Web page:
Governance • Strong: The roles and responsibilities of the shareholders, the board of directors, and Statoil’s management are clearly defined • Independent: A nomination committee, whose members are elected by the shareholders for a term of two years, is independent of both the board and the company’s management • The board: composed of 11 members, of which 8 are independent • Audit: The NOC’s external auditor is independent in relation to the company’s management and is elected by the annual general meeting
Norwegian Model The “Norwegian model” of petroleum management features the separation of responsibilities among: • Ministry of Petroleum and Energy (MPE), oversees the state’s ownership interests in petroleum activities • Norwegian Petroleum Directorate (NPD), the regulator, whose mission is to create the greatest possible values for society from the oil and gas activities • PetoroAS, a wholly state-owned company established in 2001, which is responsible for the commercial aspects related to the state’s direct involvement in petroleum activities on the NCS, and associated business. • Gassco, a wholly state-owned company established in 2001, which is responsible for transporting Norwegian gas to continental Europe and the United Kingdom. • Statoil, an integrated oil company in which the state is the majority shareholder
Operating Segments • Upstream: Exploration and production dominates the company’s long term asset base. After initially operating only within the NCS, Statoil moved to international territory in order to expand it’s growth in E&P and focus on natural gas • Midstream: Natural gas segments transports, processes, and sells natural gas from Statoil’s operations in Norway and internationally • Downstream: Statoil’s downstream activities include sales and trading, refining, methanol production, and retail and industrial marketing of oil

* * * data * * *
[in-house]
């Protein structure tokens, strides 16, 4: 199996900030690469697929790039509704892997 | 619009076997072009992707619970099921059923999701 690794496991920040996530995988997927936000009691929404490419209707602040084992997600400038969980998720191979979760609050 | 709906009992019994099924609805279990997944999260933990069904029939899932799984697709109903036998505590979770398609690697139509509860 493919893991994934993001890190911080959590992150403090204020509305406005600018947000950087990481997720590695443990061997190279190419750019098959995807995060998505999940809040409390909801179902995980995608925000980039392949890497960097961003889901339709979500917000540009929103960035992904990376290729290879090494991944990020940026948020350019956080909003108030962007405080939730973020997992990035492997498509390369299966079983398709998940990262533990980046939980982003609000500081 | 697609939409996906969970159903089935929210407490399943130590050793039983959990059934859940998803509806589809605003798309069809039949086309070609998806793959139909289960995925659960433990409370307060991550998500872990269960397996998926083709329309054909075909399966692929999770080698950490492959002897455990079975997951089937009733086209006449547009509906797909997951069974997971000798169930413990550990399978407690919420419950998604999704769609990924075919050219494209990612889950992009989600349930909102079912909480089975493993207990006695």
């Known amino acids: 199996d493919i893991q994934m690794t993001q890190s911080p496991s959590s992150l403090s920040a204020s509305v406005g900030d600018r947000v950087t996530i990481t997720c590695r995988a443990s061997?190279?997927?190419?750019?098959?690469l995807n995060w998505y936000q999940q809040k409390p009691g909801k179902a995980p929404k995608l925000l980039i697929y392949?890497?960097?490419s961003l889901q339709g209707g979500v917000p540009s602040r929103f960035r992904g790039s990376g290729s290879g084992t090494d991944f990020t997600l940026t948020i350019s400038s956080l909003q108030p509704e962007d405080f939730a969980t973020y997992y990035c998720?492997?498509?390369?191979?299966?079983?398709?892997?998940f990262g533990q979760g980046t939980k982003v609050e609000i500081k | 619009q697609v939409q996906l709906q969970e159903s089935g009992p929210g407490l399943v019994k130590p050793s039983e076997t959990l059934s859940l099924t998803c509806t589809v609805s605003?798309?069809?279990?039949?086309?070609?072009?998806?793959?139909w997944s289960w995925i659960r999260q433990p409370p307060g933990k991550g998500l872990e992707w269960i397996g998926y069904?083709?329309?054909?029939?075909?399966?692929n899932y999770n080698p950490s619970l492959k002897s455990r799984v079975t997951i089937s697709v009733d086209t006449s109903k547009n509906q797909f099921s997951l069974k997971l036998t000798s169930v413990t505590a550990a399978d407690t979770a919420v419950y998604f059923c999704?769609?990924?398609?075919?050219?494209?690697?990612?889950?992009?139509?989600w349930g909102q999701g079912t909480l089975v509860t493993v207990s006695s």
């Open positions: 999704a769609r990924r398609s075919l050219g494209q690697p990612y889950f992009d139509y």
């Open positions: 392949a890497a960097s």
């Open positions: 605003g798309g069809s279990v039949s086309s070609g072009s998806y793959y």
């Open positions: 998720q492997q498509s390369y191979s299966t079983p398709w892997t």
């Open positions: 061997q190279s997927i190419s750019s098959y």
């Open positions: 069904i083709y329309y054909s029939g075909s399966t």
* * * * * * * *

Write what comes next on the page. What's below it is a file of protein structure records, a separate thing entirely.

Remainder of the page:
Products • Oil • Crude Oil and NGLs from Norwegian Continental Shelf (NCS) ~ 42 Statoil operated assets. • Development & Production International (DPI) responsible for all development and production of oil and gas outside the NCS. • Gas • The Arctic gas is sent ashore through a 143-kilometre-long pipeline to Melkøya • Gas from Caspian Sea - Statoil has a significant position in the Azerbaijani gas industry through its 25.5 per cent interest in the Shah Deniz gas field. • Operate shared shale gas and gas liquids assets with Canadian joint venture partner Talisman on the Eagle Ford formation in 2013. • Active partnership with Chesapeake Energy in the Marcellus formation in several states in the United States' north-east.
Products (cont.) • Renewable • One of the largest offshore wind farms in the UK, Sheringham Shoal, was formally opened in September 2012. • The Norwegian government and Statoil are planning a full-scale post combustion carbon dioxide capture project in conjunction with the combined heat and power (CHP) station at Mongstad.
Statoil Fuel & Retail (SFR) – Downstream • SFR is a road transportation fuel retailer with a presence in eight countries across Scandinavia and central and eastern Europe. • SFR was established in May 2010 as a separate legal entity within the Statoil group. In October 2010, Statoil transferred all activities relating to the fuel and retail business to SFR.
Marketing • Marketing, Processing and Renewable Energy (MPR) is responsible for the marketing and trading of crude oil, natural gas, liquids and refined products, for transportation and processing, and for developing business opportunities in renewables.